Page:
On a gram for gram basis, animal proteins are more effective than plant proteins in supporting the maintenance of skeletal muscle mass with advancing age, shows research presented this week at The Physiological Society’s virtual early career conference Future Physiology 2020.
The number of vegans in the UK has quadrupled since 2006, meaning that there are around 600,000 vegans in Great Britain (1). While we know plant-based diets are beneficial for the environment, we don’t actually know how healthy these diets are for keeping muscles strong in elderly people.
Scientists generally agree that the primary driver of muscle loss with age — at least in healthy individuals — is a reduction of muscle proteins being built from amino acids. These amino acids come from protein that we eat and are also formed when we exercise.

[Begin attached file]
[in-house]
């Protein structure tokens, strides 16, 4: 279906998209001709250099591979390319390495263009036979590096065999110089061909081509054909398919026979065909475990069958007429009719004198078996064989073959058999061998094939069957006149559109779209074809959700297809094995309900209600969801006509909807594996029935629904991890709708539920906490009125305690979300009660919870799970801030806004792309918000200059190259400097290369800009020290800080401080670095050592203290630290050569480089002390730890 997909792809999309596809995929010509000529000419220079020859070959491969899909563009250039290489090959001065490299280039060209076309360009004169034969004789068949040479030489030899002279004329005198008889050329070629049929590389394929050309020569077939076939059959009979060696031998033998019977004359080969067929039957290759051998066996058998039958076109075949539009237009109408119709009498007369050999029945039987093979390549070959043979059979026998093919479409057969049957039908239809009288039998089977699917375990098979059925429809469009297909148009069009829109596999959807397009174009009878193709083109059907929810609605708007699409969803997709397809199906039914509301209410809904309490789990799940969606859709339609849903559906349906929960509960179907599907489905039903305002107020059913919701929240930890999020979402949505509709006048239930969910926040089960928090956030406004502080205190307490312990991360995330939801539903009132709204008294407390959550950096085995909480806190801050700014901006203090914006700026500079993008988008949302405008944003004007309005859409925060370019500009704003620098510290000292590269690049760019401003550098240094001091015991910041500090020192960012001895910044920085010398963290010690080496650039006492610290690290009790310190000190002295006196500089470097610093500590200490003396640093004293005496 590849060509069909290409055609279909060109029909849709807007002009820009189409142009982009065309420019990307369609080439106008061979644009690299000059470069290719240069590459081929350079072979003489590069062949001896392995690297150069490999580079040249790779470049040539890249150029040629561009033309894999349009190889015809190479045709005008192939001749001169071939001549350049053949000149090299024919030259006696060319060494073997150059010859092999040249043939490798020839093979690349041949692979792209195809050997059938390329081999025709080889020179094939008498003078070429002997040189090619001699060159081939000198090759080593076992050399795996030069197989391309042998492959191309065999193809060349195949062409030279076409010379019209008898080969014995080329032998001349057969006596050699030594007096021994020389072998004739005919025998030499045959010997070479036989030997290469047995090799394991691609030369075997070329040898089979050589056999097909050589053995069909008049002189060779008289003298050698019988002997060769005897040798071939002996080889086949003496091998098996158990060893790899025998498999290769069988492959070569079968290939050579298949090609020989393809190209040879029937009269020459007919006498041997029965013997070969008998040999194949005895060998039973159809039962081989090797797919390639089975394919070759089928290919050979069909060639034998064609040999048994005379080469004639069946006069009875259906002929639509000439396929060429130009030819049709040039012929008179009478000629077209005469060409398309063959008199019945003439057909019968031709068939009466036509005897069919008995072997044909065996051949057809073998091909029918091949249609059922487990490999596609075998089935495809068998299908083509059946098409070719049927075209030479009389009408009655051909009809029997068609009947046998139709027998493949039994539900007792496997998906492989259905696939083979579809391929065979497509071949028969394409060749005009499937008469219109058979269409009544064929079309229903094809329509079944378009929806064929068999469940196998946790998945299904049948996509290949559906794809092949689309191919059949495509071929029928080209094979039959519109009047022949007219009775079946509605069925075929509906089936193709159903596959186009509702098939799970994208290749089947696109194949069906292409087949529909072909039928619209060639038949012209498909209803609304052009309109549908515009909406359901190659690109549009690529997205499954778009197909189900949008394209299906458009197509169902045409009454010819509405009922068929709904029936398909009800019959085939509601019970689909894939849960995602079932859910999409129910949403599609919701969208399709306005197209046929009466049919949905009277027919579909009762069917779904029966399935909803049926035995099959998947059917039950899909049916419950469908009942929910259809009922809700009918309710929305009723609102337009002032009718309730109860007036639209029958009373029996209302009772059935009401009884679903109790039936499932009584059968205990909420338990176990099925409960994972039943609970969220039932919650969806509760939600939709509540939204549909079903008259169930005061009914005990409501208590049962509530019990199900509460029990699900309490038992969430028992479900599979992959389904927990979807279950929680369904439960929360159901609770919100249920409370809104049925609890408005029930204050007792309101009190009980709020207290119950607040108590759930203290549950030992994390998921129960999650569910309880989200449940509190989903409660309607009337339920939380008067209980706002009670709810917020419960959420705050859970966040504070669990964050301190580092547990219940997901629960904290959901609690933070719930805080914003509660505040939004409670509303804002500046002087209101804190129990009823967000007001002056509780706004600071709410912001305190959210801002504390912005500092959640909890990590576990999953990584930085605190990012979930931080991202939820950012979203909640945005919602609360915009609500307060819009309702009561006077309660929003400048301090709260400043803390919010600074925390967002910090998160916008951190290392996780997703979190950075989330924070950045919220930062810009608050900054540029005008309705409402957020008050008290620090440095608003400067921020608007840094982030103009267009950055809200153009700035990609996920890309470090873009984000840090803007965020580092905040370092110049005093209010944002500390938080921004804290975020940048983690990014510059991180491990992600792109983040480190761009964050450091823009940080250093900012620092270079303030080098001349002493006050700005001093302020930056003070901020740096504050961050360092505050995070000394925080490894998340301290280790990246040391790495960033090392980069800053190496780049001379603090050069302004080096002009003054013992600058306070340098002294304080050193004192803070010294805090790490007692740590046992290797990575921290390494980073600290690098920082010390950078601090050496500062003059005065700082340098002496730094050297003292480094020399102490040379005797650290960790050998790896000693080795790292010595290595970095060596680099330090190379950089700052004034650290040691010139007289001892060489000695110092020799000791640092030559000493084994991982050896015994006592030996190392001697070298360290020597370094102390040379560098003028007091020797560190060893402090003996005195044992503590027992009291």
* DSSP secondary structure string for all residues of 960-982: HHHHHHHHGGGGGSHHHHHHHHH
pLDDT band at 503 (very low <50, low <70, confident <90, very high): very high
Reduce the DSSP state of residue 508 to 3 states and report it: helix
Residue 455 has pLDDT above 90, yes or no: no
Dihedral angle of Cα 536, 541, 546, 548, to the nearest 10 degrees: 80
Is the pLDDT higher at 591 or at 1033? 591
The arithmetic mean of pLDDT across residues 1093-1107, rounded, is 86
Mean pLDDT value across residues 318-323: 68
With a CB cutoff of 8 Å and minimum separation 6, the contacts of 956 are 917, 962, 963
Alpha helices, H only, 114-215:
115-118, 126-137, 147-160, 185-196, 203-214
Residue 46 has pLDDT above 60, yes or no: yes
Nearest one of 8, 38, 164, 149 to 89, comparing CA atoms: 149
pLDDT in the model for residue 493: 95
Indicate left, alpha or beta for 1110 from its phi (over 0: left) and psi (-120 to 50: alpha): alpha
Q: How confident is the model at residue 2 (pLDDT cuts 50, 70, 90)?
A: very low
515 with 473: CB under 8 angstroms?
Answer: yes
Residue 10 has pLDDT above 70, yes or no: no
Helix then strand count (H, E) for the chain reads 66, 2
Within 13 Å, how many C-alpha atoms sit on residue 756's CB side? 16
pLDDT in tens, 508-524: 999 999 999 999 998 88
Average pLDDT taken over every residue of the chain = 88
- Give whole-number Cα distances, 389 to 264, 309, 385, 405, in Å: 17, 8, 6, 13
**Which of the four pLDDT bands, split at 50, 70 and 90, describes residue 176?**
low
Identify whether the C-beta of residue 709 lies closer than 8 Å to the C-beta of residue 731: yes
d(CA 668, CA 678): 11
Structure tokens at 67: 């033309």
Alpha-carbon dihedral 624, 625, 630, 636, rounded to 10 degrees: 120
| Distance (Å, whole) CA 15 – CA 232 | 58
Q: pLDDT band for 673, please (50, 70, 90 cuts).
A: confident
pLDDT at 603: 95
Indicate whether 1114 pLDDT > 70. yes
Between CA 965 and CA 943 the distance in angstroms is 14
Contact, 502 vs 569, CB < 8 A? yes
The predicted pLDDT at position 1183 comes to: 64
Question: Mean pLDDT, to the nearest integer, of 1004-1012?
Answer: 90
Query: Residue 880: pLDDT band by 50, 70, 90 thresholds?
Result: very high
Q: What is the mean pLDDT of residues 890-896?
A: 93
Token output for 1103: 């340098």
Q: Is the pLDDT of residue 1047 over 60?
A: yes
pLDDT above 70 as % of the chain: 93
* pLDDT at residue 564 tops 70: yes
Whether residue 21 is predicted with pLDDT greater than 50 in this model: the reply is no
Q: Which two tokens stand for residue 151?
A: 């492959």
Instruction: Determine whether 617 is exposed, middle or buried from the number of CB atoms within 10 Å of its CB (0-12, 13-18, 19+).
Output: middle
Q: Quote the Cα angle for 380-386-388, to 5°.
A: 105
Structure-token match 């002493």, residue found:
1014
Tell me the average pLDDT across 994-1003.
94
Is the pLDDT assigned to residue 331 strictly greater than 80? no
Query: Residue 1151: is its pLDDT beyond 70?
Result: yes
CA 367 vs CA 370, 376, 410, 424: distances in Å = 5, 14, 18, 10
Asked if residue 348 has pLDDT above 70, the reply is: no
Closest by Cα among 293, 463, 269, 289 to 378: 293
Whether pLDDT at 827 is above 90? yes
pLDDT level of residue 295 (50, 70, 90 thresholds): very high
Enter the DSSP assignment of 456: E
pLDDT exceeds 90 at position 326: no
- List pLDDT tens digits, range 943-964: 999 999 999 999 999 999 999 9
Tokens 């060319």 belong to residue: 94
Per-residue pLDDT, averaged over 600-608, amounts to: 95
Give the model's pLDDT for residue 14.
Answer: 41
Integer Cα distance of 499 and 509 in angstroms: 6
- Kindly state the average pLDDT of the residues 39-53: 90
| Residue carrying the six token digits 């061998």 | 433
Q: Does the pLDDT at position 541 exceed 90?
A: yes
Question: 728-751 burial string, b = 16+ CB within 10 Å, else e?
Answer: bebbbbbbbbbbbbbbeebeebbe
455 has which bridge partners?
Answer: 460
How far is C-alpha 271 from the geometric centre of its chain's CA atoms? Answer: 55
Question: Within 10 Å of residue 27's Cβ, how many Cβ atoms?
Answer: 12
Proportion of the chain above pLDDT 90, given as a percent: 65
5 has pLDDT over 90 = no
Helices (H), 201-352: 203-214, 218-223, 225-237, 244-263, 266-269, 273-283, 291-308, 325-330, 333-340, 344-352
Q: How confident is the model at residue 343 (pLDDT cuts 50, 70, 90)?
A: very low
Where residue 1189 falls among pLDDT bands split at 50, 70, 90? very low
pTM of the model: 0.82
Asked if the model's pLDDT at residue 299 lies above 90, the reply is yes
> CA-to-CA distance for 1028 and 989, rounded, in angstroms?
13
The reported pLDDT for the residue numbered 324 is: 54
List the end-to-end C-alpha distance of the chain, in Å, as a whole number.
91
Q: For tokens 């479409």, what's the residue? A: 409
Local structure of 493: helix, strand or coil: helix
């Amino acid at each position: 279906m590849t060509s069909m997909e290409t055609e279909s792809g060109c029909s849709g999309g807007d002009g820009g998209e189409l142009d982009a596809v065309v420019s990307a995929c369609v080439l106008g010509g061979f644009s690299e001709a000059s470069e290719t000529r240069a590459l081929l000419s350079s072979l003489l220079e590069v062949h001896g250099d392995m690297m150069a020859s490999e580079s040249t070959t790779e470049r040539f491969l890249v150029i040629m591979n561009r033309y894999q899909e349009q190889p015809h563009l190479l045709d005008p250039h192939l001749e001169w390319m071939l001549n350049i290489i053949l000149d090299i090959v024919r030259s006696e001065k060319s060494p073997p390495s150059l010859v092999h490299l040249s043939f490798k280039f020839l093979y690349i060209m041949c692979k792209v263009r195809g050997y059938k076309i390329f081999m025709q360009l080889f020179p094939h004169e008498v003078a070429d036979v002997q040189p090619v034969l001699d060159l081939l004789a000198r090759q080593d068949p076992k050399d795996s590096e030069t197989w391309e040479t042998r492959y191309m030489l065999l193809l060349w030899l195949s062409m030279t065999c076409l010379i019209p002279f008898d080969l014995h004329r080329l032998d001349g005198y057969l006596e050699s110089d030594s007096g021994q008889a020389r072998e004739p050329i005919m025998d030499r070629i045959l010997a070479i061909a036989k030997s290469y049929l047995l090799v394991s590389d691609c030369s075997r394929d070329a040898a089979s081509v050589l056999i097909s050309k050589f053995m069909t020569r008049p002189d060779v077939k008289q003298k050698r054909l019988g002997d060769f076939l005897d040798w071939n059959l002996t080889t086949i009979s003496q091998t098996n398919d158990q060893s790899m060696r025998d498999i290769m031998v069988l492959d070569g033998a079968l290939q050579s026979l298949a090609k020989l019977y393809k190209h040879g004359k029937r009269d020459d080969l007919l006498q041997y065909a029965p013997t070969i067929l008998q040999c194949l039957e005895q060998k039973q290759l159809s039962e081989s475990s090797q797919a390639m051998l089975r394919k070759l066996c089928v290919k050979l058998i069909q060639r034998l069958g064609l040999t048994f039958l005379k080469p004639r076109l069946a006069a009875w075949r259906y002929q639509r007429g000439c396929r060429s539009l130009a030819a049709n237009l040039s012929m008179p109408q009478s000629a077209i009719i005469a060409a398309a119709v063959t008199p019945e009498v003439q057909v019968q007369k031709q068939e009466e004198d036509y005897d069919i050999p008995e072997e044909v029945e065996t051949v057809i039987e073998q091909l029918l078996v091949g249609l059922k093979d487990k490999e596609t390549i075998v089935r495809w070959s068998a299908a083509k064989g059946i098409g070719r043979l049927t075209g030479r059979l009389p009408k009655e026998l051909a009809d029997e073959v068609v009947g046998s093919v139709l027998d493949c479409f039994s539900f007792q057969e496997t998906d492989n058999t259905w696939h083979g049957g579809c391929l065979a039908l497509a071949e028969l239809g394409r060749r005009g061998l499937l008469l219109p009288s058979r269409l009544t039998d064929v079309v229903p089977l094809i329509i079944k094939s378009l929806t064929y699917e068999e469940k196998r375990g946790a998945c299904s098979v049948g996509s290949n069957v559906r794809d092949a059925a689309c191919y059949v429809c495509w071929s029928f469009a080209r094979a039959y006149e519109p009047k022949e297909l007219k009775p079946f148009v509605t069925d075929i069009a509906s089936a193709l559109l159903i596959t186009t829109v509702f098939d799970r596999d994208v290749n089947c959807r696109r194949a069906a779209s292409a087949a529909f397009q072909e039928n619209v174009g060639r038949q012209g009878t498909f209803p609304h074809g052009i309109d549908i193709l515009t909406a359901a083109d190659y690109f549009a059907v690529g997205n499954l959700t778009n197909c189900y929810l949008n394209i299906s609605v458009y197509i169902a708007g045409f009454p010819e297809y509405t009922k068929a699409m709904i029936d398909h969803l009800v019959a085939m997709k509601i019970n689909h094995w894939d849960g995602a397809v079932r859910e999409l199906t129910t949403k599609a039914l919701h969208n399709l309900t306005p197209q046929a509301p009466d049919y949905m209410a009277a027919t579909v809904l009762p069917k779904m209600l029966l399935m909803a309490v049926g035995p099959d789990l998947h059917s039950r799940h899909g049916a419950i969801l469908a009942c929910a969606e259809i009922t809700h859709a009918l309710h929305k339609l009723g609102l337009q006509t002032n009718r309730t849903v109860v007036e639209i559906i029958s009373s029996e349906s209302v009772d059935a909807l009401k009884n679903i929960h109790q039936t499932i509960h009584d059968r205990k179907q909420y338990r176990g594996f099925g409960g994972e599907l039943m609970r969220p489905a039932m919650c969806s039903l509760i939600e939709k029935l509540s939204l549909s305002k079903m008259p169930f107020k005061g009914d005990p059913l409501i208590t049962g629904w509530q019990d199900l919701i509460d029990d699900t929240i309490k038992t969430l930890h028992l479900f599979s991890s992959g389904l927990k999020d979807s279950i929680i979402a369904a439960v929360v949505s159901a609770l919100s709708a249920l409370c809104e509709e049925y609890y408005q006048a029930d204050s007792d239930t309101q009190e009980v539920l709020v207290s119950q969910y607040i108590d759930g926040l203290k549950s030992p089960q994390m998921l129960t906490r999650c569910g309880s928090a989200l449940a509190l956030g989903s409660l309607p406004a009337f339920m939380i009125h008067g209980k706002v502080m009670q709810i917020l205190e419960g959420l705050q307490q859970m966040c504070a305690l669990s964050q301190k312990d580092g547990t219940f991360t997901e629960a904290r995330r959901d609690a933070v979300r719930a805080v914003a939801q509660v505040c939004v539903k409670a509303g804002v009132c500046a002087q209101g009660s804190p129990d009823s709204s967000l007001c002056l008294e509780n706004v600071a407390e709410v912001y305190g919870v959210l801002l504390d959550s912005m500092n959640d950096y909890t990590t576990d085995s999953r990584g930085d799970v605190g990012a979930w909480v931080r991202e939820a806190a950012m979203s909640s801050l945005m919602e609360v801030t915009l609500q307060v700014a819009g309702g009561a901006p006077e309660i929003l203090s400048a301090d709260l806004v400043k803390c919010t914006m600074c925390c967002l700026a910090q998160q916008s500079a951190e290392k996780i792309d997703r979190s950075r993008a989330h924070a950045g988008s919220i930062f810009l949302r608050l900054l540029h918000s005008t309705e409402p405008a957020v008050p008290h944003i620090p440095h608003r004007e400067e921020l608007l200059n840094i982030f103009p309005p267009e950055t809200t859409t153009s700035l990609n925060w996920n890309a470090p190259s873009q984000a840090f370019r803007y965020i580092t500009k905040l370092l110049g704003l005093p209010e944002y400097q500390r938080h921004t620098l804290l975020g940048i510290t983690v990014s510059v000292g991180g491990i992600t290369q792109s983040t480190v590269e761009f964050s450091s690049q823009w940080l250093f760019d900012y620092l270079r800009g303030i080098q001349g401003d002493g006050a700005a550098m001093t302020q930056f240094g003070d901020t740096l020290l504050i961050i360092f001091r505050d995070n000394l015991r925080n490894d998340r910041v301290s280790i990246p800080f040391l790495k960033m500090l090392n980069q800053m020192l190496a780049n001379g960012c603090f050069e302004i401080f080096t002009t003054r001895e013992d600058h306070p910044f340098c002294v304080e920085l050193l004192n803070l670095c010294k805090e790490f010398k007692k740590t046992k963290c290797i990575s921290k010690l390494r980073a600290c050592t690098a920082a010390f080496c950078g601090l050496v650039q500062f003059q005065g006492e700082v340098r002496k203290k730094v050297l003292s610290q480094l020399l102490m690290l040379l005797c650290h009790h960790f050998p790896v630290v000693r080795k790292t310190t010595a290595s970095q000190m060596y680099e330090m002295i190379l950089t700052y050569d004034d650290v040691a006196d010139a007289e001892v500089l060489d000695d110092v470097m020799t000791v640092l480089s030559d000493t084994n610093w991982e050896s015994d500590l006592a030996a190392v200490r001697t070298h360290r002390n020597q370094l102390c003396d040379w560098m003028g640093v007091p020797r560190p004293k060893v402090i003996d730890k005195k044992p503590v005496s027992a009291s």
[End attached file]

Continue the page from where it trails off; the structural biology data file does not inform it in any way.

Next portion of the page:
Oliver Witard of King’s College London is presenting research at The Physiological Society’s Future Physiology 2020 conference about soy and wheat proteins showing that a larger dose of these plant proteins is required to achieve a comparable response of building muscles.
Simply transitioning from an animal-based protein diet to a plant-based diet, without adjusting total protein intake, will likely to be detrimental to muscle health during ageing.
Source: Soy and wheat proteins helpful for building aging muscles, but not as potent as animal protein — ScienceDaily